2nd Corps BEF
– 3rd Div: 7th (Inf) Bde – 1st Bn Duke of Edinburgh’s Wiltshire Regt.
– 5th Div: 13th (Inf) Bde – 2nd Bn KOYLI; 14th (Inf) Bde 1st Bn DCLI; 15th (Inf) Bde – 1st Bn The Dorsetshire Regt.

3rd Corps BEF (Landing in France 22nd/23rd Aug, formed in France 31st Aug)
– 4th Div: 11th (Inf) Bde – 1st Bn Prince Albert’s Som LI, 1st Bn The Rifle Brigade.
-6th Div (Landing in France 8th/9th September: 16th (Inf) Bde 1st KSLI; 17th (Inf) Bde – 3rd Bn The Rifle Brigade; 18th (Inf) Bde 2nd Bn The Durham Light Infantry.

The opening moves were begun, in what many hoped would be a short war; “It’ll all be over by Christmas”; but in reality would evolve into four years of war the likes of which Europe had never experienced – total and industrialised – effecting the home front as well as those at the battle front.

100 years on we will endevour to commemorate the major events of 1914 – 1918 and the parts played by our antecedents as The Rifles Great War Legacy, a legacy in which The Rifles can be justly proud.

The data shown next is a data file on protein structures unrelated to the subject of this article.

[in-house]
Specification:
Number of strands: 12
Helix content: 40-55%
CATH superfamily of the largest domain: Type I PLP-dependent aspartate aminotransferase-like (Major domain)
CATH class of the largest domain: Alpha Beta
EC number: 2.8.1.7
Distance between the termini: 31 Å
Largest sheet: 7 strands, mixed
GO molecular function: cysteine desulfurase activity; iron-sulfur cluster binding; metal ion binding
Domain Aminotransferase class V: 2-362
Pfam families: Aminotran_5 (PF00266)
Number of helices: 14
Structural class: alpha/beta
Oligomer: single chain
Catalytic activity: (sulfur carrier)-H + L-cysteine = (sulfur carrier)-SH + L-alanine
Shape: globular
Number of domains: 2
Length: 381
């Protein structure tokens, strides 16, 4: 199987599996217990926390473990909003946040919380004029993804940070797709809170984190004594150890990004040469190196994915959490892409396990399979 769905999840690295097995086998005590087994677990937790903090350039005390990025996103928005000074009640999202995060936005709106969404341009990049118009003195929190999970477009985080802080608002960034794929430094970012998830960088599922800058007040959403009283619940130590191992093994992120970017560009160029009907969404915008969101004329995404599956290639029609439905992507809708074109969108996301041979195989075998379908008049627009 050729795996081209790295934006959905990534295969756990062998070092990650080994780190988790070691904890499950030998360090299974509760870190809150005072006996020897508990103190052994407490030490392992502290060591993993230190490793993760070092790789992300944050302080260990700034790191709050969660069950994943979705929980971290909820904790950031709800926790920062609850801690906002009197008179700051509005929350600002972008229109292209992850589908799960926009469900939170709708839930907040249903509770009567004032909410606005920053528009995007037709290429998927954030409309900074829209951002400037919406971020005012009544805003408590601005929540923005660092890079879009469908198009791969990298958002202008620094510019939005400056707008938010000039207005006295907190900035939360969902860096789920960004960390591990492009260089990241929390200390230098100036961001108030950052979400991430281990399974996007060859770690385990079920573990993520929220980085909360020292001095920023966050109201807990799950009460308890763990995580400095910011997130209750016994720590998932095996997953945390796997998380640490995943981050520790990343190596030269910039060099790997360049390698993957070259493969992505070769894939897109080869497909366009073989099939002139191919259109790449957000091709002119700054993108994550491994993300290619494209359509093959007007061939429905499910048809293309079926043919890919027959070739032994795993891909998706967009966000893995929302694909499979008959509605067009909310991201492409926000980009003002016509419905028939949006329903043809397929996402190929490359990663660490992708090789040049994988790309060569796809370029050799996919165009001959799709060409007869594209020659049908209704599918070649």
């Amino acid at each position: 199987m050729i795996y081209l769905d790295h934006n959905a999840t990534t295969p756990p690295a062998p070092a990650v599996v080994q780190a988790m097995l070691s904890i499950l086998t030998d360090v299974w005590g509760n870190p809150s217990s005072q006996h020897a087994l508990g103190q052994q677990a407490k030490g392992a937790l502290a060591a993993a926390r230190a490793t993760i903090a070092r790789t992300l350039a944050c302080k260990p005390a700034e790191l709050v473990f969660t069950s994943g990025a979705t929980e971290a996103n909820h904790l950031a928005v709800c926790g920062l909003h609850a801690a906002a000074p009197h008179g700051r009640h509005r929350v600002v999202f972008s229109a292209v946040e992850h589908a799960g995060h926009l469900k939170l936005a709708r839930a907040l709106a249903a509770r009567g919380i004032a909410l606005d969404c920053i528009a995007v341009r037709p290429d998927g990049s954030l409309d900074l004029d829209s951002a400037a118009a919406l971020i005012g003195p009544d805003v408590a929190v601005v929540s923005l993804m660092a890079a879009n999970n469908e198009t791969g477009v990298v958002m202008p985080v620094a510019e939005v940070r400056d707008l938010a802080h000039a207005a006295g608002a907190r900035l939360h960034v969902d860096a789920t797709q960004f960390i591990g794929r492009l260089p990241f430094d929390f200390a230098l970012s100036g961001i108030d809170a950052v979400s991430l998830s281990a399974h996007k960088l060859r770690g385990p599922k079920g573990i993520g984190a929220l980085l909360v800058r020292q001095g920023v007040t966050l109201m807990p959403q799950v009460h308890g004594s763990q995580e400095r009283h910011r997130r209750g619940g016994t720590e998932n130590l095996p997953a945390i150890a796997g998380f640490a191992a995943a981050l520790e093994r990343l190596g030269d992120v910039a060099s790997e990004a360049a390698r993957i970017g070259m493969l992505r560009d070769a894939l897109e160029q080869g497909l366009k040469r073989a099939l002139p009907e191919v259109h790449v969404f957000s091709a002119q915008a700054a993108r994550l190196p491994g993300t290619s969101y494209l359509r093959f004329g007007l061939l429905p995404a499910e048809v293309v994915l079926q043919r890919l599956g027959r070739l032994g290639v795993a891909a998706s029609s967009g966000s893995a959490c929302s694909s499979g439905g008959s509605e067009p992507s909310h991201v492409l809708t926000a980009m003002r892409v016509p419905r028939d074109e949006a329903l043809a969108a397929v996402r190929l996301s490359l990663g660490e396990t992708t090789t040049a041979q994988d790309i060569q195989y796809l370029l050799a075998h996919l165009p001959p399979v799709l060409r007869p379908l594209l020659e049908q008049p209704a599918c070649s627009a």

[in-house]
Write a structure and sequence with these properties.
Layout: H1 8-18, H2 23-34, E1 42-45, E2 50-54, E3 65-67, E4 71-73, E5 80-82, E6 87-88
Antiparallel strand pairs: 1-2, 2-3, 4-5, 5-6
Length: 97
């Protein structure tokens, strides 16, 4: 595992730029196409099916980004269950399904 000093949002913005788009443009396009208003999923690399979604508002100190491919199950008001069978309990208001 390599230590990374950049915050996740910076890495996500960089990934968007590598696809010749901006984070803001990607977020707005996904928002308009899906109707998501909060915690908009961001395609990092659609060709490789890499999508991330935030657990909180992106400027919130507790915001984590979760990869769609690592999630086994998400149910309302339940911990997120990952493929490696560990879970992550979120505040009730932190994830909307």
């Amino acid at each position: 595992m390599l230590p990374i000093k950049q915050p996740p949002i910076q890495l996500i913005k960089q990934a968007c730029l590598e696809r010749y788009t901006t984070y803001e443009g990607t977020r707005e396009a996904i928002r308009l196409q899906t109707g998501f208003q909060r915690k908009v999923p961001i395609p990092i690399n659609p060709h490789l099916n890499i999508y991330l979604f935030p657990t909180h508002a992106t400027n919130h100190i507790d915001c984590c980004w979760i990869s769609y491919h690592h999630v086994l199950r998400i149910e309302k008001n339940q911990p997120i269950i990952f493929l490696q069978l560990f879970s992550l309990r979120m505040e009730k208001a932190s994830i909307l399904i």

(For a complete Order of Battle for the BEF in 1914, a good summary can be found at the following link: – http://en.wikipedia.org/wiki/British_Expeditionary_Force_order_of_battle_(1914)

RIFLES HISTORY TODAY – 1st of July 1916

At 7:28 am on 1st July 1916, The Battle of The Somme commenced. A huge mine was exploded under the German Lines at Hawthorn Redoubt and the British forces moved forward, over the top, from their forward ‘ jump off’ trenches.

British Mine explodes under the German Lines at Hawthorn Ridge Redoubt at 07:28 1st July 1916, and the Batlle of the Somme commences.

British Mine explodes under the German Lines at Hawthorn Ridge Redoubt at 07:28 1st July 1916, and the Batlle of the Somme commences.

SOMME is a representative Battle honour for the Rifles borne with pride on our Regimental Belt badge. It recalls the major battle on the western front fought between 1st July and 18 November 1916 in which 97 Battalions of The Rifles antecedent Regiments took part.